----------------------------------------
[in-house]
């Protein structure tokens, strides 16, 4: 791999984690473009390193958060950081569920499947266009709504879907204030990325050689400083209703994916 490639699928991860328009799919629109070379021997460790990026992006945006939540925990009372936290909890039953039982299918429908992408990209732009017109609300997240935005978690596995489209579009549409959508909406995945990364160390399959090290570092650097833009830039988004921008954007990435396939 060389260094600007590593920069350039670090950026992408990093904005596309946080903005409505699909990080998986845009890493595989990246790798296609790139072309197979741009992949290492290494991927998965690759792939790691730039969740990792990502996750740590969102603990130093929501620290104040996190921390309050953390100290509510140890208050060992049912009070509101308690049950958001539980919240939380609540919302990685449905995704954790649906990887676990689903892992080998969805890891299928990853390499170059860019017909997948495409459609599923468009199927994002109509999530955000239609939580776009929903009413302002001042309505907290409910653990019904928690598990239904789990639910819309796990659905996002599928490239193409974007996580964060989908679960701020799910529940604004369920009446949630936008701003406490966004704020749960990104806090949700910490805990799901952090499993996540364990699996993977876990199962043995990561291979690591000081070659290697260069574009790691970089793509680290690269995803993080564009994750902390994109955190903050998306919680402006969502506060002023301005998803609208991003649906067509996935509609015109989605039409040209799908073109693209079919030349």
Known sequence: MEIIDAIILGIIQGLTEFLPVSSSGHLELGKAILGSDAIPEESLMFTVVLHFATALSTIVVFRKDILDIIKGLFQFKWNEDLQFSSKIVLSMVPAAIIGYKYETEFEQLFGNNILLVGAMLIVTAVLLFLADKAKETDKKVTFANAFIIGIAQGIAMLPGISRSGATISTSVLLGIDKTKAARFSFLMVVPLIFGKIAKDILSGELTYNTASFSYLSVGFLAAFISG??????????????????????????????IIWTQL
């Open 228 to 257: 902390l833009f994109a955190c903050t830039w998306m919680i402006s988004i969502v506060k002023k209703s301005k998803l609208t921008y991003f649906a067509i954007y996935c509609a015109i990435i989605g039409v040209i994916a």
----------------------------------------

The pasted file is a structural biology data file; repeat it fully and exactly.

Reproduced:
[in-house]
């Protein structure tokens, strides 16, 4: 791999984690473009390193958060950081569920499947266009709504879907204030990325050689400083209703994916 490639699928991860328009799919629109070379021997460790990026992006945006939540925990009372936290909890039953039982299918429908992408990209732009017109609300997240935005978690596995489209579009549409959508909406995945990364160390399959090290570092650097833009830039988004921008954007990435396939 060389260094600007590593920069350039670090950026992408990093904005596309946080903005409505699909990080998986845009890493595989990246790798296609790139072309197979741009992949290492290494991927998965690759792939790691730039969740990792990502996750740590969102603990130093929501620290104040996190921390309050953390100290509510140890208050060992049912009070509101308690049950958001539980919240939380609540919302990685449905995704954790649906990887676990689903892992080998969805890891299928990853390499170059860019017909997948495409459609599923468009199927994002109509999530955000239609939580776009929903009413302002001042309505907290409910653990019904928690598990239904789990639910819309796990659905996002599928490239193409974007996580964060989908679960701020799910529940604004369920009446949630936008701003406490966004704020749960990104806090949700910490805990799901952090499993996540364990699996993977876990199962043995990561291979690591000081070659290697260069574009790691970089793509680290690269995803993080564009994750902390994109955190903050998306919680402006969502506060002023301005998803609208991003649906067509996935509609015109989605039409040209799908073109693209079919030349």
Known sequence: MEIIDAIILGIIQGLTEFLPVSSSGHLELGKAILGSDAIPEESLMFTVVLHFATALSTIVVFRKDILDIIKGLFQFKWNEDLQFSSKIVLSMVPAAIIGYKYETEFEQLFGNNILLVGAMLIVTAVLLFLADKAKETDKKVTFANAFIIGIAQGIAMLPGISRSGATISTSVLLGIDKTKAARFSFLMVVPLIFGKIAKDILSGELTYNTASFSYLSVGFLAAFISG??????????????????????????????IIWTQL
């Open 228 to 257: 902390l833009f994109a955190c903050t830039w998306m919680i402006s988004i969502v506060k002023k209703s301005k998803l609208t921008y991003f649906a067509i954007y996935c509609a015109i990435i989605g039409v040209i994916a």